How to use the Kindle Fire as an awesome WeDo tablet

Why would you want to do this? Because Kindle Fires are incredibly cheap, for a good quality tablet backed by a major manufacturer. The only problem is that they only have the Amazon App store available, and the selection doesn’t include Lego robot apps, except for BOOST. These directions will tell you how to install the LEGO apps (and anything else) you need to make your Kindle a great asset for FLL Jr teams, basic EV3 programming, and more.

These directions were written for 2017 Kindle Fire HDs, which are 7th generation, and current generation (2018) Kindle Fire HDs. I’ve used them with HD7 and HD8, and believe them to work for HD10 too. (Please let me know if you confirm.) While I have used these directions for multiple Kindles, I can’t guarantee that they’ll work for you, and it’s possible that you’d have trouble getting help from LEGO because you’re installing their app on a device they don’t officially support. (On the other hand, a Kindle is basically an Android tablet, and so trouble-shooting will mostly be similar to any other Android tablet.)

Very old Kindles do not work with these directions. Early editions needed to be rooted and have a separate bootloader. It was a pain, required special software on the PC, and it was irreversible. These directions require no other device and you can still factory reset your kindle if something goes wrong. Ready? Let’s go!

Note to FLL Teams:
You can use these directions to install the EV3 education app on your Kindle, identical to the iOS app, but much less functional than the PC or Mac program. I believe using the app running on a Kindle to program the EV3 to be FLL legal (so long as you turn the Bluetooth off before competing), but you won’t have access to MyBlocks, or data wires, which is an absolute deal-breaker for advanced programmers. The EV3 app is fine for outreach or for first year teams who are novice programmers, but you’ll eventually want a computer.
Note to FLL Jr teams:

The WeDo app has the same functionality on Kindles as on iOS or a computer. There’s no reason to pay more.
How to get really cheap Kindle Fires:

Shop for returned Kindle Fires with “Special Offers” sold by Amazon Warehouse. These are devices that were returned to Amazon, and regardless of what it says about condition, they’re often pristine, aside from not having the original packaging. I’ve struggled to find a scratch even on “acceptable” condition Kindles. They’ll be factory reset and ready to use. If you ever get one that isn’t, Amazon has a great return policy that covers them. When Fires go on sale (several times a year), the returned ones are even cheaper. I’ve repeatedly managed $37 for HD8s on sale, and $54 is very possible even when they’re not on sale.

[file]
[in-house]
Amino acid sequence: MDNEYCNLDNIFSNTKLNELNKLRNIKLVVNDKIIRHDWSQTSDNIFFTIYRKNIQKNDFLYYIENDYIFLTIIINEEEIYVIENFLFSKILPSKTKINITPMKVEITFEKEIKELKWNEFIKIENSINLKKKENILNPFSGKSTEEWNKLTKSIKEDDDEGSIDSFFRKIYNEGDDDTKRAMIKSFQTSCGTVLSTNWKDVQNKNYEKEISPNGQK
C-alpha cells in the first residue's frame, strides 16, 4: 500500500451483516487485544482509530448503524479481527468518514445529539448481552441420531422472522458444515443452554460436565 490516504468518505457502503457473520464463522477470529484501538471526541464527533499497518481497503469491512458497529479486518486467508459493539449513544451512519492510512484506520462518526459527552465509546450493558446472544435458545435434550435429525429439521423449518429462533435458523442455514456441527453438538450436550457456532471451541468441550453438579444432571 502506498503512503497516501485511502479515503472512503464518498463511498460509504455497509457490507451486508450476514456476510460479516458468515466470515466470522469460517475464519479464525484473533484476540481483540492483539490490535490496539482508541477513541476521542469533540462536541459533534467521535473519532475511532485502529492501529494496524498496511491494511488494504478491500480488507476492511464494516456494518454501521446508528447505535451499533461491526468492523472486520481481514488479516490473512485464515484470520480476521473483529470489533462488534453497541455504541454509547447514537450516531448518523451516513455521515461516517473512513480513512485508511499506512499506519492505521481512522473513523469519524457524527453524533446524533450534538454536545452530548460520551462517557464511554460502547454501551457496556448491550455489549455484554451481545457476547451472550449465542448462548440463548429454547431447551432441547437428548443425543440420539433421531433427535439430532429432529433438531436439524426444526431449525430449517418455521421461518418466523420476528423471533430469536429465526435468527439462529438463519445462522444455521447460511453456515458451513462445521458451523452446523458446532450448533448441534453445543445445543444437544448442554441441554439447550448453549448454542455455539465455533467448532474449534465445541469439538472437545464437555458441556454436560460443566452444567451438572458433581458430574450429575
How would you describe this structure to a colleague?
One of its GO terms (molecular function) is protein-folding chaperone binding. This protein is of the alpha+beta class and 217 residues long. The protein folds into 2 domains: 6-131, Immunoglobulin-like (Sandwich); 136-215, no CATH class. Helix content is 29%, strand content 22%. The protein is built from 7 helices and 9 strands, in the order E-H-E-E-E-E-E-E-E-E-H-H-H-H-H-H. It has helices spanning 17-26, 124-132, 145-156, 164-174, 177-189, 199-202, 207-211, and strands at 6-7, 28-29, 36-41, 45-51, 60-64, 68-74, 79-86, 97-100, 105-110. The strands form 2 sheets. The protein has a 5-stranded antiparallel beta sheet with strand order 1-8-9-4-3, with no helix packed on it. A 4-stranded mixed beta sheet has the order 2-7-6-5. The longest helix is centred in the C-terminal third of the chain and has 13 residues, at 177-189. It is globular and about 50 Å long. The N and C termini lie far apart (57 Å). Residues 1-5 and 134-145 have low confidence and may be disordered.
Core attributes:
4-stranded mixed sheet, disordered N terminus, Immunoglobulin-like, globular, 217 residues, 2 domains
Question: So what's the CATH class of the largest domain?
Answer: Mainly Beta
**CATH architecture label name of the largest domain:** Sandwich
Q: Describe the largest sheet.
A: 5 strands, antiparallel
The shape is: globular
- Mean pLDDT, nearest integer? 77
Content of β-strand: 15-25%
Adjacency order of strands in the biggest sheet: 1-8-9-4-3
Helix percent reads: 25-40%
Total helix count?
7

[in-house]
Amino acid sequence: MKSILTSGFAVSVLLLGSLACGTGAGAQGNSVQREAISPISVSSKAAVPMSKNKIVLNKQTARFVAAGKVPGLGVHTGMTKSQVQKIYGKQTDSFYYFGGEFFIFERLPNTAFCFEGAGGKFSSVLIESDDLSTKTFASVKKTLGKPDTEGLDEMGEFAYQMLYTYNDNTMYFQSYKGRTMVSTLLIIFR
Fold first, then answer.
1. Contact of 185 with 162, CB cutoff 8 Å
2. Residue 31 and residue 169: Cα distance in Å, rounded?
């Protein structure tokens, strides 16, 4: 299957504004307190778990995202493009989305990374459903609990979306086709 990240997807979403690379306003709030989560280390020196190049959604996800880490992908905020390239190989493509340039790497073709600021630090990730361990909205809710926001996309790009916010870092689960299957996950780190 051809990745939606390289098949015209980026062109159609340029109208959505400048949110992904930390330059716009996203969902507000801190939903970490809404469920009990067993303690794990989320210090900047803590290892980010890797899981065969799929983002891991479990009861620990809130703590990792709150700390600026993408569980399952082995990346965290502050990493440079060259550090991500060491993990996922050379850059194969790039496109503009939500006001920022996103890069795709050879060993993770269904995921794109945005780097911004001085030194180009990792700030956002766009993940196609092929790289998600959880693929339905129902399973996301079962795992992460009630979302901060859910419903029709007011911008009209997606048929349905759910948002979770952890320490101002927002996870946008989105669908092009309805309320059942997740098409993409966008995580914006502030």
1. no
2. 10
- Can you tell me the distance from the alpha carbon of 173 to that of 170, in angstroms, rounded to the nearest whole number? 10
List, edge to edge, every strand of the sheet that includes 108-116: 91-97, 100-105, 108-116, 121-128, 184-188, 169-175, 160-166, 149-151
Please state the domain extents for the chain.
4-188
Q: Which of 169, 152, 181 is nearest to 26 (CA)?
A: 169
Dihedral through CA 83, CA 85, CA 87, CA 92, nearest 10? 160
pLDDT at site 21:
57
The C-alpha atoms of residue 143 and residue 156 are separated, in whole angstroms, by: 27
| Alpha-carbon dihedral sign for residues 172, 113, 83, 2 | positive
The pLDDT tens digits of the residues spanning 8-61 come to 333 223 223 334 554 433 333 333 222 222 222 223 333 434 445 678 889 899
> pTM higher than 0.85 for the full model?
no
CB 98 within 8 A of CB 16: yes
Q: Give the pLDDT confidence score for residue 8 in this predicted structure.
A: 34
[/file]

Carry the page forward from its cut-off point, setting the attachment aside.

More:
I don’t recommend the HD7. The screen is just too small. The HD8 is only marginally more expensive, and that extra inch makes a big difference in usability.

About “Special Offers” – Kindles with advertising on the lock screen (and only on the lock screen – no popups) are $15 cheaper than Kindles without it. However, in my experience (3 out of 3), returned Kindles don’t come with Special Offers turned on. Now at 8 out of 8 Kindles received without Special Offers turned on, be advised that about half of the Kindles I’ve bought have subsequently had Special Offers reappear after an OS update. Still a good deal. If you want Special Offers gone later, you can pay Amazon $15 to remove it.

Here’s where you find returned Kindles (or returned Legos, or anything else that might interest you):

I’m showing the 32GB HD 8 in the picture, but the 16 GBs are perfectly adequate unless you’re going to take and store a LOT of photos.

Be sure you pick one shipped from Amazon Warehouse – those are the returns. Sometimes there are also “used” Kindles listed. I’ve never seen a good deal, and I won’t want to deal with a 3rd party seller on this.

Strangely, the “Certified Refurbished” Kindles are not a good deal – you can often find a new but returned one for cheaper.

Recommended cheap options:

New links for 2019: HD8 new edition 16GB - be sure to scroll down to the purple-circled link (image above) to find the used one, and check all available colors and offer status. HD10 new edition 32GB (see above!)


I prefer to use a separate Amazon and Gmail account for the Kindles I’m going to use with students. You’ll need a Gmail and Amazon account for this process, so go ahead and make one if you don’t have one you’re willing to share it with the kids. Make the new Gmail address first, then use it to make an Amazon address. Be sure to write these passwords down!

Once you’re ready to go:

When you power up the Kindle, you’ll be prompted to register it to your Amazon account. If you haven’t already done step 2, you can always come back to do this later.

Get the Kindle onto your local network. (Use the settings button if not prompted during Kindle set-up.) NOTE: If you can’t get the Kindle onto the network (for example, because you’re me and have to jump hoops at work involving its mac address and network registration) immediately, hit “Add network” when prompted, then hit cancel. Then you’ll get a “not now” option for signing on to the network.

Go to Settings > Security > Allow apps from unknown sources. (See below.)

Open the Silk browser, and point it at this file (otherwise you’re going to have to type more URLs).

Kindle-only solution (see PC option below also, especially if setting up multiple Kindles at once): Download each of these four files on the kindle, by clicking the links in the Silk browser. Install them in order. See below for how!

Google Account Manager APK

Google Services Framework APK

Google Play Services APK

Google Play Store APKClick the link. Find the “download link marked below. Don’t fall for deceptive ads. It’s OK if it says a newer version is available. You can download this and let it update later.

Click ‘yes’ when asked if you really want to download it.